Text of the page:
Algorithms are an essential feature of data science. So much so that Airbnb, who have a sophisticated data team, recently divided their group into Analytics, Algorithms, and Inference teams, showing how essential algorithms are. Most people have heard of them but are unaware of what exactly they are, or what they do beyond say understanding that Google uses algorithms to ensure spammers don't appear as the number search term on their search engine and Facebook use them to ensure fake news doesn't appear in our timelines. However, the emergence of the algorithm economy is driving uses which go far beyond Google and Facebook and are useful in trying to resolve any kind of business problem.
Any business which is navigating through the digital world and doesn't use algorithms must harness the power of algorithms to enhance their business.
What's the business problem?
Algorithms can solve many business problems. For instance, if recruitment is a big problem in your company and you have plenty of applicants but choosing the best one is turning out to be difficult, algorithms can help reduce say 100 candidates to a pool of five whom the company can then interview. Ensuring that the workforce is not too homogenous can also be done through algorithms, whether because the company wants diversity in the workforce rather than say just employing men, or because they want employees with a diverse range of experiences and personalities.
If fraud is a big problem, an algorithm can be advantageous in identifying the kind of behavior that customers engaged in fraud have shown in the past in actual customers. Imagine the algorithm flagging three transactions out of a base of a few thousand. These suspicious transactions can then be analyzed by employees, whereas it would be economically unrealistic to get staff to analyze each of the several thousand transactions. Enterprises also use algorithms in trying to predict who among candidates for a job may steal from the company itself, vital given the importance of having loyal and honest staff. Imagine there are some important decisions the company's top-level executives need to make about spending or buying over the next year. Algorithms can help those controlling the business by ensuring that, of all the big data the company has that could relate to these spending decisions, it is the critical pieces of information which will end up in front of these executives in reports.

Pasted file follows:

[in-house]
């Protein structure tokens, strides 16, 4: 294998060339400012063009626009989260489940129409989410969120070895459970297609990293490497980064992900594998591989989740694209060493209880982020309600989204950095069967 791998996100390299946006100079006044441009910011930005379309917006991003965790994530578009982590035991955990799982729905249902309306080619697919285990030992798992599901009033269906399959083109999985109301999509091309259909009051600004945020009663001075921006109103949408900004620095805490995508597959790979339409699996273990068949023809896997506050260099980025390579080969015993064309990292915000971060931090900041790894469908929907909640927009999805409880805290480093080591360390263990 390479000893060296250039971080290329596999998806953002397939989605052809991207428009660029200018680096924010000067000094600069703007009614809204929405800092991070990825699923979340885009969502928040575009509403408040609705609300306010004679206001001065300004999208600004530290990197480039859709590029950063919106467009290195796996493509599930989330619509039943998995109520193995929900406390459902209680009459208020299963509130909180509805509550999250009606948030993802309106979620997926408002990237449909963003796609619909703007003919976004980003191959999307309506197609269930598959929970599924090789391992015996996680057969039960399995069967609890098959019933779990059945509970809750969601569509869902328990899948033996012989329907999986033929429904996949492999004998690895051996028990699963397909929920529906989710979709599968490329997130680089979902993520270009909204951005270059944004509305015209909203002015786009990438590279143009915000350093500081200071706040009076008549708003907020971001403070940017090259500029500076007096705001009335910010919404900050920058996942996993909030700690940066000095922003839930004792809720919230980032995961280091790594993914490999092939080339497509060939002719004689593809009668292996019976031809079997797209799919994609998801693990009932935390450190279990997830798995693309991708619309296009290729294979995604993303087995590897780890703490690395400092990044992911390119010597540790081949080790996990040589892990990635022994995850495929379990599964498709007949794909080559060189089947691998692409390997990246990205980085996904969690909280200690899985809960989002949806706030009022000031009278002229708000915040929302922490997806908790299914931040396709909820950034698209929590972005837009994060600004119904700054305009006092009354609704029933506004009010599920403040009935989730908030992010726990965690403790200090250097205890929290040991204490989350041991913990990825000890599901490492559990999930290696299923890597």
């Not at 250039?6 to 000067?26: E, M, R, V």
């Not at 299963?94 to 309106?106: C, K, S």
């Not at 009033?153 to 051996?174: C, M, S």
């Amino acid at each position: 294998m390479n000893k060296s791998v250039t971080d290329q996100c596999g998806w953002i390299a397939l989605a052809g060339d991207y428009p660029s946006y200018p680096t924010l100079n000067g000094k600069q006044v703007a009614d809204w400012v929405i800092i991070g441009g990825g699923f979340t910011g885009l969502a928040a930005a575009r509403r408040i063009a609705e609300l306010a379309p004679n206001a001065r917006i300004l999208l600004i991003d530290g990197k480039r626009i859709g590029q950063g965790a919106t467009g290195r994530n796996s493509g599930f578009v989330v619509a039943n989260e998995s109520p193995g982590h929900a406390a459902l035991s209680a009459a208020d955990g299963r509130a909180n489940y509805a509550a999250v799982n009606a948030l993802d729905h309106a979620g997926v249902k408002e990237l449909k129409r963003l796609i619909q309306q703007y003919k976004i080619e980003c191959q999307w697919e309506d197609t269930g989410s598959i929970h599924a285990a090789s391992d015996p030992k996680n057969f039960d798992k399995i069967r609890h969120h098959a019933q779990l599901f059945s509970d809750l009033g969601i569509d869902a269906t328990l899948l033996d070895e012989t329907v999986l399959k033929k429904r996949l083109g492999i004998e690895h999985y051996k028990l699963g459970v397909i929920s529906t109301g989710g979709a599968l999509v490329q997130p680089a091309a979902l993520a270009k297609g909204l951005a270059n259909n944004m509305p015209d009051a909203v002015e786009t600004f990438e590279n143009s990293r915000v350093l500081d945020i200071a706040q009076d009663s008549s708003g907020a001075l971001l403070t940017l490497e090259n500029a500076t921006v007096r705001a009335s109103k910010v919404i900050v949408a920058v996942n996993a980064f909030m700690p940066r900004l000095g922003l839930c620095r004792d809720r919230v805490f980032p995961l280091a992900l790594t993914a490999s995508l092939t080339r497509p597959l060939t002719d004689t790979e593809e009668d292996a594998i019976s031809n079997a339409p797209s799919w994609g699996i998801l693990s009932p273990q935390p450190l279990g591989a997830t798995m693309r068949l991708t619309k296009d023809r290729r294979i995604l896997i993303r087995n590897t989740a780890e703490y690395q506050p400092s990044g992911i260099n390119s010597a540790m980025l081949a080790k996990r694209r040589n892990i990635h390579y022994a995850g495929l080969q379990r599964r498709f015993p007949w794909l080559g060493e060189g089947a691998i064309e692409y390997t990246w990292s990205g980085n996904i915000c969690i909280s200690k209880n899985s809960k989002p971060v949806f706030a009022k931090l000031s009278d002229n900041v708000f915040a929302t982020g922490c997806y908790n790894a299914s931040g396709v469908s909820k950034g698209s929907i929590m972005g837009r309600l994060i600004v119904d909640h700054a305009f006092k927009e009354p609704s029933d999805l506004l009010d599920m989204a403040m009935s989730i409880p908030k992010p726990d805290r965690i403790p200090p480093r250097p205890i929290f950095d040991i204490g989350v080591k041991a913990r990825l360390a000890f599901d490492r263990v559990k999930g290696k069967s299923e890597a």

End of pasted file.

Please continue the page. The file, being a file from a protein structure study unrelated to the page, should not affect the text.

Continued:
Other areas where algorithms can make a real difference to the business include recommendations. The recommendations we all know are when a website sees you have read a specific article or watched a particular video and recommends other articles or videos, perhaps based on this single choice or probably on your personal history of choosing on the website. Recommendations are particularly useful in e-commerce sites.
Algorithms are also used extensively in marketing and to help marketers understand their customers and potential customers better. We have already blogged about Customer Lifetime Value, segmentation of customers and churn. Well written algorithms can help segment customers, build a CLV for each customer, and make predictions about churn.
How do we build an algorithm?